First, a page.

Novenas (Prayers of Intercession and Devotion) by William G. Storey from Loyola Press is a valuable addition to a prayer library. The publisher claims it is a unique collection and I have no evidence suggesting this is otherwise so.
Some web pages offer novenas, traditional and with various saints. This book complies thirty-seven of these in a consistent 269-page format, well-organized with helpful introductions and notes. The size (3 1/2 x 5 1/2 inches) is handy and it seems well bound in leather and sturdy enough for repeated use over time. The reader will find old favorites (novenas for Our Lady of Perpetual Help and The Sacred Heart of Jesus) as well as the contemporary (Dorothy Day and Oscar Romero) plus a number of other prayers.
The bulk of this book consists of those traditional nine-day devotions modelled after the disciples’ wait after Jesus’ Ascension until the coming of the Holy Spirit. A few “triduums” are offered, plus a section of litanies. Each novena or triduum is given a structure familiar to those who pray the Liturgy of the Hours: opening hymn, followed by a psalm with antiphon, a psalm prayer, a reading with response, a canticle with antiphon, a litany, and a concluding prayer.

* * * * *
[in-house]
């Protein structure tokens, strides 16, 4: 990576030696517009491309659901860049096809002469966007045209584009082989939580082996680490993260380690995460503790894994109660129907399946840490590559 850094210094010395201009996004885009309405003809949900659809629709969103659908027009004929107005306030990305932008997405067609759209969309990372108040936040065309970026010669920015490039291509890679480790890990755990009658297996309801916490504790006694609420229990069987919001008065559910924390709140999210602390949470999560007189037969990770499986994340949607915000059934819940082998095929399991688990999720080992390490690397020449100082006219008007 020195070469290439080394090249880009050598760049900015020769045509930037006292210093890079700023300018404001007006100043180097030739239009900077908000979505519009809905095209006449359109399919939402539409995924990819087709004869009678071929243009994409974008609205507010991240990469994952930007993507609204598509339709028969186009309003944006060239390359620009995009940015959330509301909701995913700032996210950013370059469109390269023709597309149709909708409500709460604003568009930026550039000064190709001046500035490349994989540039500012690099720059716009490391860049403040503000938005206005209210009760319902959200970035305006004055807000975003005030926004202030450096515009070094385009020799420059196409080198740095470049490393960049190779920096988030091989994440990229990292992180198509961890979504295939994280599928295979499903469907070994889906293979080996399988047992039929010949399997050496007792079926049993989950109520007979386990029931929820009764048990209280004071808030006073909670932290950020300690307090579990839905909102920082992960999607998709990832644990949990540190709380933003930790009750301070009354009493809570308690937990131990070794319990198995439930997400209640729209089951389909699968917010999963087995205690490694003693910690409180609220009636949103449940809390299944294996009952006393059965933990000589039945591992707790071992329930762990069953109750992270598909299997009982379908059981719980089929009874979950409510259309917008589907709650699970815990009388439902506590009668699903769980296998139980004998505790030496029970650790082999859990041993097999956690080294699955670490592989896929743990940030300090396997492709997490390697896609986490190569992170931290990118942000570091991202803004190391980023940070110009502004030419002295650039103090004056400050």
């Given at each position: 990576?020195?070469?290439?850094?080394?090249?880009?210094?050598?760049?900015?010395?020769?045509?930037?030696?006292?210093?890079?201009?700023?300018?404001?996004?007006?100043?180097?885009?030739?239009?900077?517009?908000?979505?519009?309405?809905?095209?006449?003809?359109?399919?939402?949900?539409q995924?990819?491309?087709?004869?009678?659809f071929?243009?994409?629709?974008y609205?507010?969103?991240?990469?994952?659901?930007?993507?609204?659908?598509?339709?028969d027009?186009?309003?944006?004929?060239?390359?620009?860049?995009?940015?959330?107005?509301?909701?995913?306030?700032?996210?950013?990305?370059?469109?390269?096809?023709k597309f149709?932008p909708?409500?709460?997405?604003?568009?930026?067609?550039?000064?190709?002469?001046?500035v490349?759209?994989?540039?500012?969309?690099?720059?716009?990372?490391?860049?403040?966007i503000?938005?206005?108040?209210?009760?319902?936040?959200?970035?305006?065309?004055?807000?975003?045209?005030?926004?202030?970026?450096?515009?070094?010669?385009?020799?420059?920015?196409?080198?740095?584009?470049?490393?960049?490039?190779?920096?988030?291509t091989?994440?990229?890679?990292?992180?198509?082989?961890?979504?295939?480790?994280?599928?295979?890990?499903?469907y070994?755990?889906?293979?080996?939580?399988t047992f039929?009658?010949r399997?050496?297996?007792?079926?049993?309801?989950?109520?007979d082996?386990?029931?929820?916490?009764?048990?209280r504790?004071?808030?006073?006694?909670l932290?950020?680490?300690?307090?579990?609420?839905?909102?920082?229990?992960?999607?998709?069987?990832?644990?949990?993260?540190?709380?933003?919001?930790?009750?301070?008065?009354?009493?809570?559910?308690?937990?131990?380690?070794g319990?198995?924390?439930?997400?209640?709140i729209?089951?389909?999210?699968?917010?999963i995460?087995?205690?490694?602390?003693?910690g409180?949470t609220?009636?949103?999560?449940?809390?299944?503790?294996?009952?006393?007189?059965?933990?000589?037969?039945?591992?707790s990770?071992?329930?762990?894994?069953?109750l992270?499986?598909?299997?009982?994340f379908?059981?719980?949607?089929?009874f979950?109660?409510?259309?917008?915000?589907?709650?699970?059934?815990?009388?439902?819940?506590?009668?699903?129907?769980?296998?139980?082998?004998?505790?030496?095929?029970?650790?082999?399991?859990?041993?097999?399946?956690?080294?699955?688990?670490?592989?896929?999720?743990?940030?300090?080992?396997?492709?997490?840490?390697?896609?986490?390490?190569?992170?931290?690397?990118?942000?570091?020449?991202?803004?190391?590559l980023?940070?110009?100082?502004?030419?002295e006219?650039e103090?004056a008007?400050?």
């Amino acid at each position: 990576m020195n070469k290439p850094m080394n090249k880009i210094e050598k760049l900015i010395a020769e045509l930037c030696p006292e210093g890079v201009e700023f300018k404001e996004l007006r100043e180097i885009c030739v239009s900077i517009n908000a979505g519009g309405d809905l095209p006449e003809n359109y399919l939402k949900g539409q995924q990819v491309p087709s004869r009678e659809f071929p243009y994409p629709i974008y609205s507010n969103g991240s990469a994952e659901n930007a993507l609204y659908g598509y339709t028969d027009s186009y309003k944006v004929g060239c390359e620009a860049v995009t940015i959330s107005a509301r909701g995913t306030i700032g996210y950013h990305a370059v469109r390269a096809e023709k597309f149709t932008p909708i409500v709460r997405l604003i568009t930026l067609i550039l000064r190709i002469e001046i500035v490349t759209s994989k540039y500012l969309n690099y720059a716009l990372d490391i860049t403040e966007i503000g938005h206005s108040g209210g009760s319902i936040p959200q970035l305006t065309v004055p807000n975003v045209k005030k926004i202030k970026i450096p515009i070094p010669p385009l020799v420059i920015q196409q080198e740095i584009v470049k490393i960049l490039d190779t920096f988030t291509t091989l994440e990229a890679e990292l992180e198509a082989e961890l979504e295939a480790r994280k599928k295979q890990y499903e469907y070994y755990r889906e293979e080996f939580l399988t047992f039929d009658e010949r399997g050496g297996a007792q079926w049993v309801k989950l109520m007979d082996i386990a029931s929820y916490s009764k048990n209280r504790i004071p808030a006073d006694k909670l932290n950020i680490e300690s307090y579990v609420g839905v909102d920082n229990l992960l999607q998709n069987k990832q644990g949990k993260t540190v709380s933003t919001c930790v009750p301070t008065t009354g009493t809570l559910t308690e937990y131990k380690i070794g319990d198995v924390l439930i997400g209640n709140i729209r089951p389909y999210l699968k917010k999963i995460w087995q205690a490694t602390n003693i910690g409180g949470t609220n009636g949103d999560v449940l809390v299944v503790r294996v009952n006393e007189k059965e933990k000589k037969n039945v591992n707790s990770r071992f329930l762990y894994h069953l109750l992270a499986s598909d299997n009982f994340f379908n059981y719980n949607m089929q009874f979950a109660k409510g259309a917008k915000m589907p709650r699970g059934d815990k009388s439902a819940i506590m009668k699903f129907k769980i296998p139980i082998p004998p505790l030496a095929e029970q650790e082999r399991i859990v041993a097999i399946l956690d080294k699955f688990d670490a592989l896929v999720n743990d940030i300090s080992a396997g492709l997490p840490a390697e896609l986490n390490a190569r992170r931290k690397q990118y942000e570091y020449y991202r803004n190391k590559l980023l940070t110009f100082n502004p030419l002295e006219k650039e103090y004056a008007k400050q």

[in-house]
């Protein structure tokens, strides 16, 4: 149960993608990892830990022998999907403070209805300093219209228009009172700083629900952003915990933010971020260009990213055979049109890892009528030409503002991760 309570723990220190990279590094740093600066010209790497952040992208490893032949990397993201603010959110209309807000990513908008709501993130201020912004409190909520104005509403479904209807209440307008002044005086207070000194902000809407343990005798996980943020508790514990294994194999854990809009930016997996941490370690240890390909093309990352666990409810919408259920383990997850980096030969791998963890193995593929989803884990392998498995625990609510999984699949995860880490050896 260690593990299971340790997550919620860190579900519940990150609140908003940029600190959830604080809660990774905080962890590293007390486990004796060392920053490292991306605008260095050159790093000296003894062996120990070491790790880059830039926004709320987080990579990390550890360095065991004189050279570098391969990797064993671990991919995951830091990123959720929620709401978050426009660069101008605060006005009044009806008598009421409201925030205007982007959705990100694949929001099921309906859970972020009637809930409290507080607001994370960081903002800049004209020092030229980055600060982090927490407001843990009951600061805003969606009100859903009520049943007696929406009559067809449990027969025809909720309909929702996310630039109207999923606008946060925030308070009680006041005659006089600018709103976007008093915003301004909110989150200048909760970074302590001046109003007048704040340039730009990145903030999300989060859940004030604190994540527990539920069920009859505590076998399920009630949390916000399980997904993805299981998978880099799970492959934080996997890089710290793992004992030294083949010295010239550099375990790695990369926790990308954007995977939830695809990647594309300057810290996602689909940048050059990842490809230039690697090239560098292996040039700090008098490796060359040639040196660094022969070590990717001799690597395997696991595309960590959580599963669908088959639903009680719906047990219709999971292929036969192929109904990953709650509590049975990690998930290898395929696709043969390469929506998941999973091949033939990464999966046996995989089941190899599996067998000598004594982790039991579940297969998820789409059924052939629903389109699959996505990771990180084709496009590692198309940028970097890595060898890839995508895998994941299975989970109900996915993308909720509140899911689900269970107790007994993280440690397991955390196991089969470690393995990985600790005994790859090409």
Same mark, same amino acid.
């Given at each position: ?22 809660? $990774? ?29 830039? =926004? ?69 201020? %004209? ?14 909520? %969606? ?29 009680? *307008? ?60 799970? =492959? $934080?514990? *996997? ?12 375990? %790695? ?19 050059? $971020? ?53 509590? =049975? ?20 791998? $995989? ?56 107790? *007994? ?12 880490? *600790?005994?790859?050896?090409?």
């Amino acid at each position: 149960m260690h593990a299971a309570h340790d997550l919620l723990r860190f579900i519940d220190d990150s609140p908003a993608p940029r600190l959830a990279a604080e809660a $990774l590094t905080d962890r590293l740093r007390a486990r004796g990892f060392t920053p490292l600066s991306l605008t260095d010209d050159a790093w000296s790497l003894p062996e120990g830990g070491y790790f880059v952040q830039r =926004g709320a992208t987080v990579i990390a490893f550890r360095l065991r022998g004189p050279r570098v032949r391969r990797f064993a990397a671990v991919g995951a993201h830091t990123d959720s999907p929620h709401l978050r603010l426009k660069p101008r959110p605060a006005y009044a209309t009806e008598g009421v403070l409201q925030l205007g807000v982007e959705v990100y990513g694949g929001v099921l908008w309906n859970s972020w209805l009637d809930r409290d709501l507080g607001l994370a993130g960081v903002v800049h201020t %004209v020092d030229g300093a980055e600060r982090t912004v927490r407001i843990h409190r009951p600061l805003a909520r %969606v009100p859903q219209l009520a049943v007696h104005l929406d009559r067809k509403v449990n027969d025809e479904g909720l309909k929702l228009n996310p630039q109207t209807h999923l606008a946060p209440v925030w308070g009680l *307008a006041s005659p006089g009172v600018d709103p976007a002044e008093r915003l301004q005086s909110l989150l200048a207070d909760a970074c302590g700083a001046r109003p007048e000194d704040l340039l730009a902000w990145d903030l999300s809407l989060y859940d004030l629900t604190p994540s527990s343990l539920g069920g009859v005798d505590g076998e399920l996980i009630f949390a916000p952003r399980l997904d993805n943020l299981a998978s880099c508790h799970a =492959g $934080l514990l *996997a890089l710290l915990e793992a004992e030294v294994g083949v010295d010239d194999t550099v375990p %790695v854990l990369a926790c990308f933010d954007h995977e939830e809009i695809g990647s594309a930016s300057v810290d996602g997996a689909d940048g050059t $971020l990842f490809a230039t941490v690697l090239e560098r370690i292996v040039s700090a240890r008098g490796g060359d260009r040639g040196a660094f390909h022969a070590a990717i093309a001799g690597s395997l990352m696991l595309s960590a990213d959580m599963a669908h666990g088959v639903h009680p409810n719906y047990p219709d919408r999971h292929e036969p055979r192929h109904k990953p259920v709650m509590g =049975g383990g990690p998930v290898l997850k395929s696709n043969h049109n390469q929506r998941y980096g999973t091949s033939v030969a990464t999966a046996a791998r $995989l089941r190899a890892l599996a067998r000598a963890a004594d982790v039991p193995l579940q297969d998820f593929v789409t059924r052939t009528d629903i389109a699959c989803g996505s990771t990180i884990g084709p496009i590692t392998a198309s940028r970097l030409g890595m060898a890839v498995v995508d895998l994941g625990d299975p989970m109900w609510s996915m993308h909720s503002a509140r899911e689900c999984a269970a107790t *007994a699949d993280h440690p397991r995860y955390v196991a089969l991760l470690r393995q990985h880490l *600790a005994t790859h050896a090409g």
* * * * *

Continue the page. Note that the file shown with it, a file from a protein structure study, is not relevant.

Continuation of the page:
Some of the new offerings are charming and prayerful, like the “Triduum for an Engagement To Marry” which includes a poem by Chaucer and an apt reading from the Book of Tobit. An optional “Promise of Future Marriage” appends this devotion, including a blessing of an engagement ring and the public commitment of couple with family, friends, and believers.
Were I the author or publisher, I would hope this book would gain a wide use across Catholicism. If traditional Catholics are more accustomed to the more basic prayer, litany, Our Father, Hail Mary format, this book’s liturgical sensibility might seem a bit bloated. If less traditional Catholics were turned off from the novena format, this volume would have a lot to offer for both individual and communal prayer, including the home and family.
This is a book I wish I had compiled myself. I like the idea of combining liturgical and devotional aspects. Novenas has something for everyone. It brings a well-worn liturgical structure to old prayers. It includes a wealth of Scripture and hymnody. It might serve to introduce modern Catholics to an old prayer form which is lovingly enhanced and presented with class.
Recommended highly for personal or family prayer, for liturgical use in a parish–large group or small, and as a gift for a prayerful friend.